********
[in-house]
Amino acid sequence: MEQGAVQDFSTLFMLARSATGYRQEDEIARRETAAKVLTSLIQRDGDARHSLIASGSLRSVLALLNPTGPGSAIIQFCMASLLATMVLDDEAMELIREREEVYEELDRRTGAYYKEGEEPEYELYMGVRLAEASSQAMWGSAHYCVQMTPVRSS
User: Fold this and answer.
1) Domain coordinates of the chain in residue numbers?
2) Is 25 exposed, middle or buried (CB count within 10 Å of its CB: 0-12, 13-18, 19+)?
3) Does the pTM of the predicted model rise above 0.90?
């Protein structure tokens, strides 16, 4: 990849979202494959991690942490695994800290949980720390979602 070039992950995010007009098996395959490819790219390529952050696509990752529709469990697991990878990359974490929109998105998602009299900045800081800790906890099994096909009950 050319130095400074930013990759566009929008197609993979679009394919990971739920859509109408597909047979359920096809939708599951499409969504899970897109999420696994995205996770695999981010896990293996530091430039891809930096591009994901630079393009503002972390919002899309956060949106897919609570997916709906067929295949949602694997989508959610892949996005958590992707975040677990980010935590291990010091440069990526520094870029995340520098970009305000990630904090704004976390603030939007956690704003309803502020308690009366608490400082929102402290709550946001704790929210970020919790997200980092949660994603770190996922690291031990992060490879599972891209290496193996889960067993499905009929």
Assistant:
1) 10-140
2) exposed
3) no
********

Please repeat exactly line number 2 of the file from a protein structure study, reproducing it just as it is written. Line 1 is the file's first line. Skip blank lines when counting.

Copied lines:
Amino acid sequence: MEQGAVQDFSTLFMLARSATGYRQEDEIARRETAAKVLTSLIQRDGDARHSLIASGSLRSVLALLNPTGPGSAIIQFCMASLLATMVLDDEAMELIREREEVYEELDRRTGAYYKEGEEPEYELYMGVRLAEASSQAMWGSAHYCVQMTPVRSS